"As a member representing Irthlingborough, which is in the Corby constituency, local people tell me “Corby gets all the money”. On the ground it’s obvious to any observer this is true. Whilst some areas do need a boost to help regenerate needy locales, it’s the disproportionate nature of spending across boundaries that concerns local people. It’s no coincidence that Corby is a Labour marginal seat and other parts of Northamptonshire are largely Conservative held. Guess where the tax pounds are spent? The shocker, when you explain this to electors, is that it’s not local Councillors or Council officers who decide where the money is spent it’s unelected regional government offices (GOEM, in our case) and development QUANGOs (NNDC WNDC EMDA etc). They are just the superannuated agents of Labour’s central command and control structure, gerrymandering tax payers cash into areas that have previously voted Labour.

"The flip side of the coin sees the housing and density targets fostered on local councils in planning policy guidance and statements that have resulted in unwanted blocks of flats being built across our towns. Of course, the population rises this causes is not mitigated by funding for local infrastructure or services, for schools or roads – no these problems are left for local councils to mop up with whilst the treasury pockets all the tax receipts from growth.

"This is why we must get back to a localised decision making regime, where accountable, elected people can truly represent their electorate. For the record, East Northamptonshire council recently refused to adopt an unacceptable planning policy from GOEM that meant more wind farms, more flats and no infrastructure money. No council has ever done this before, but the feeling of members was so strong we were prepared to take the Labour medicine, if they ever get back into power."

You couldn't make it up!

Alex Deane, writing on Conservative Home has highlighted the Order of Service for the 6.30pm Service at Westminster Abbey, on Sunday 9th May -- of interest as it was a Service for Europe Day, to mark the 60th Anniversary of the Schumann Declaration. It was sheer propaganda, praising EU integration and condemning sceptics.

Feel free to take a look at the full Order of Service. (pdf format)

Brown 'mistaken' over benefits of the EU

The Times' Election '10 blog has been looking into some statistics quoted by Labour to see if they stack up. One post of particular interest shows how Gordon Brown's claim that 3 million jobs are dependent on EU membership falls somewhat wide of the truth. As they point out, 3million jobs may depend on trade with EU, but it doesn't follow that we must be members to keep those jobs.

If one were being generous, one could suggest that Gordon Brown was simply mistaken. I suspect most people will be more cynical.

Open letter to Commissioner Öttinger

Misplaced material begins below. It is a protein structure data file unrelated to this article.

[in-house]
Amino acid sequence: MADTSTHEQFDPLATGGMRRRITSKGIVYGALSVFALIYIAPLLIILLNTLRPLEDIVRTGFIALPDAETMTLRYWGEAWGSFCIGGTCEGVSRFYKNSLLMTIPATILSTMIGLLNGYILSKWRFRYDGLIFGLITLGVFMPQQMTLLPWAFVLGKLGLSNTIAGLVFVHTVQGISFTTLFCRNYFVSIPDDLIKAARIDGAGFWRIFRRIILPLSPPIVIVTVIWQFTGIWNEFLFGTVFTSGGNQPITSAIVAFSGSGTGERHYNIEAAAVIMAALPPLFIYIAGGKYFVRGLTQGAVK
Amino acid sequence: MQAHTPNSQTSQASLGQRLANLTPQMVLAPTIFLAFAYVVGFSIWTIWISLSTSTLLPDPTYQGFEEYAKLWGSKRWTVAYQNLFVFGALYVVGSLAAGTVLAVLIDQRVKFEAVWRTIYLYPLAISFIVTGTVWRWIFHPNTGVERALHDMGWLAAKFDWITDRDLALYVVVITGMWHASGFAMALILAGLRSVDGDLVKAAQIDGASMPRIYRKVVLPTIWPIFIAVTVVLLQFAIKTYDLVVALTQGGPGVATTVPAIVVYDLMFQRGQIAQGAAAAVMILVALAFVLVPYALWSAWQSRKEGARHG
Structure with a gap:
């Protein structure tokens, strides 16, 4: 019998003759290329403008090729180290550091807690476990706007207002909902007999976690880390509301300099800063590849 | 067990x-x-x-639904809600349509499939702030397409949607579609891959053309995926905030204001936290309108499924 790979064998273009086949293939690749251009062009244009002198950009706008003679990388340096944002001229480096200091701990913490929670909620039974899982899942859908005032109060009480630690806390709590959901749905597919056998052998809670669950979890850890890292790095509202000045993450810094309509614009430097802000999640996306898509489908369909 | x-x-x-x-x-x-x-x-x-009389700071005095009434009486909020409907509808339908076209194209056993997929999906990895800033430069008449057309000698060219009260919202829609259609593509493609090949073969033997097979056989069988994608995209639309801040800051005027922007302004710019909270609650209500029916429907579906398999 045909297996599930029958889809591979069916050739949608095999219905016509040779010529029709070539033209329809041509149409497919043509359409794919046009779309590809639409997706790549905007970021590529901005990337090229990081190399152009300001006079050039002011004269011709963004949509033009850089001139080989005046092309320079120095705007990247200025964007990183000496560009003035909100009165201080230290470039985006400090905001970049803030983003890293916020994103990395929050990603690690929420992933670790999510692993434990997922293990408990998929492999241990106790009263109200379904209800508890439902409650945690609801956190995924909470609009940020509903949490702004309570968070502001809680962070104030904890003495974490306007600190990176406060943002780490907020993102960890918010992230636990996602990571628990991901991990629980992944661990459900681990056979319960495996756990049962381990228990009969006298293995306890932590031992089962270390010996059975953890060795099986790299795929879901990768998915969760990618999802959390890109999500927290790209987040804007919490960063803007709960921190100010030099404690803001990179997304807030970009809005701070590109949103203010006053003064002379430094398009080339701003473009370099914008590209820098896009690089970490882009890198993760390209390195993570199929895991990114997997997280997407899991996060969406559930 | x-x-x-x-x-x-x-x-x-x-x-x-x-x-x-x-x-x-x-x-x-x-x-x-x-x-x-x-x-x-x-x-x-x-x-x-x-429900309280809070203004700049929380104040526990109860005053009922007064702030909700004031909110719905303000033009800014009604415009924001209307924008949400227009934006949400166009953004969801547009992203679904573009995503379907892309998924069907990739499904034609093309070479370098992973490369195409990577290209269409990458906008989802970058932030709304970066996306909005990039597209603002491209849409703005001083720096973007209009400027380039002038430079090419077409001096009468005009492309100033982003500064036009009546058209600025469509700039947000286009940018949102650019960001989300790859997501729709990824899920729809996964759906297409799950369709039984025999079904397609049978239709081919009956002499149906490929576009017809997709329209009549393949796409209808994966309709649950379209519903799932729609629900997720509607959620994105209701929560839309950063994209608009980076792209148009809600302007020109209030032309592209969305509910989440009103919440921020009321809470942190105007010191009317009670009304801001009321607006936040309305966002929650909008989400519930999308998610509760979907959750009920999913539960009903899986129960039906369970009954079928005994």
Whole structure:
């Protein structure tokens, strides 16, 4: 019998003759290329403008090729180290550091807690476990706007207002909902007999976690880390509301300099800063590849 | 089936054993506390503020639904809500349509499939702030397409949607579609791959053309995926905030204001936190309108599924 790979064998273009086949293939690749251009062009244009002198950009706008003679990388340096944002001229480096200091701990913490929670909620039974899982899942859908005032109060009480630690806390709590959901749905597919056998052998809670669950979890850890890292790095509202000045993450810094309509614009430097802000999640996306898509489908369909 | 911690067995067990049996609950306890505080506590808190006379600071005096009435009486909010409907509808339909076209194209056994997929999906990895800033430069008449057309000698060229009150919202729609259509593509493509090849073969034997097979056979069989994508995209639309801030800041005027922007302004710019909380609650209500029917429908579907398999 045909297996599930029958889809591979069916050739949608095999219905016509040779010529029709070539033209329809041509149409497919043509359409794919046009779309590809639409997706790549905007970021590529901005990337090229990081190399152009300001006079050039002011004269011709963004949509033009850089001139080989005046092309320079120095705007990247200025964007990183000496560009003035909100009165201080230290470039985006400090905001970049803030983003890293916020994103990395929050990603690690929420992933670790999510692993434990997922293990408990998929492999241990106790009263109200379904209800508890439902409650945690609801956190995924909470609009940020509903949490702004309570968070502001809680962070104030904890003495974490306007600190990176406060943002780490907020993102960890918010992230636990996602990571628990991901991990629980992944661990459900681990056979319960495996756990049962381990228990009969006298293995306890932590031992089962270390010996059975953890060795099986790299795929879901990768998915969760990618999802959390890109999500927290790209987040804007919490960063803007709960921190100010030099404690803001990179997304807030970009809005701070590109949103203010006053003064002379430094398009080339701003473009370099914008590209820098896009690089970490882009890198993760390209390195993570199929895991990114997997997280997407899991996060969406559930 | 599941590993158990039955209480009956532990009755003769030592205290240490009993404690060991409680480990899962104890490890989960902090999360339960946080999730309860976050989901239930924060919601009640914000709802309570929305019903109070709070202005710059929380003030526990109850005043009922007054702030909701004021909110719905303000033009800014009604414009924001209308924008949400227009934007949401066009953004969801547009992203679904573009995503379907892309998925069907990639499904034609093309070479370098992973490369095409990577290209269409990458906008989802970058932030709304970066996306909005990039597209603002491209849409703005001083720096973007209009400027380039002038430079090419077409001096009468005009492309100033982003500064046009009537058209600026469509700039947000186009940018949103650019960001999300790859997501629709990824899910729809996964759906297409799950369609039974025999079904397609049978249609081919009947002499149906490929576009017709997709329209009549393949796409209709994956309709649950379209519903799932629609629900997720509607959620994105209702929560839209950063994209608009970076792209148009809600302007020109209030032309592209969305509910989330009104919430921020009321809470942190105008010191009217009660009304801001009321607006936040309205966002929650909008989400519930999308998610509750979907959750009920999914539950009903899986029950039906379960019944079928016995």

A number of MEPs, representing many countries and Parliamentary groups from across the political spectrum, have written to Commissioner Öttinger, the new European Commissioner for Energy Policy, urging him to promote nuclear energy as a vital part of the energy mix.

In light of the issues surrounding security of energy supply, and in our current climate which vilifies carbon, nuclear energy is a vital part of the energy supply equation.

EU Biofuel Directive is descriminatory

A new European research report has claimed that the European Union's Renewable Energy Directive discriminates against non-EU producers of biofuels such as palm oil.

Dr Gernot Pehnelt, director of the independent research institute GlobEcon, and co-author of the report (with Christopher Pehnelt) said

"The EU has embedded protectionist measures at the behest of anti-development environmentalists and the uncompetitive European biofuels industry."

Pehnelt, meanwhile, said many of the claims that foreign biofuels, specifically palm oil, are a threat to the environment are seriously flawed and some unfounded. Moreover, he points out that:

"Palm oil acts as a substantial driver of economic growth in the developing world, drastically reducing hunger and poverty in regions that actively cultivate this valuable crop. Restricting palm oil production worldwide and limiting access to European markets would limit an important opportunity for developing countries to raise living standards and reduce poverty"

Read the rest of the article here.

A Victory for over 7 Million EU Hunters

During a special Parliamentary session in early May the Parliament voted in favour of the heavily worded "Evaluation and assessment of the Animal Welfare Action Plan 2006 - 2010". The report as proposed would not have covered wild animals, but the Greens along with various bleeding hearts tabled amendments designed to bring in wild animals – in an obvious threat to hunting

It has been the position of some Green MEPs that animal conservation should not be left to a national level of governance. Further, that the EU as an institution based in Northern Europe is more than capable of taking into consideration the disparate cultures across all separate regions of the twenty-seven member states. I am delighted to say that efforts to bring the welfare of wild animals under EU control were voted down.

The President of the Federation of Associations for Hunting and Conservation in the EU, an independent interest group based in Brussels, has also expressed his gratitude to the EP Hunting Intergroup – of which I am a member -- for rejecting the idea that national hunting practices should be handled by the European Union.

Anti-fraud investigators swoop on EU emissions traders

Read the story here: http://euobserver.com/22/29996. Some reports are suggesting that up to 90% of all ETS transactions could be fraudulent.


That's it from Straz this month. We'll be back next month. In the meantime, don't forget to visit this website, follow me on twitter @RogerHelmerMEP, and post a comment on my blog at http://rogerhelmermep.wordpress.com.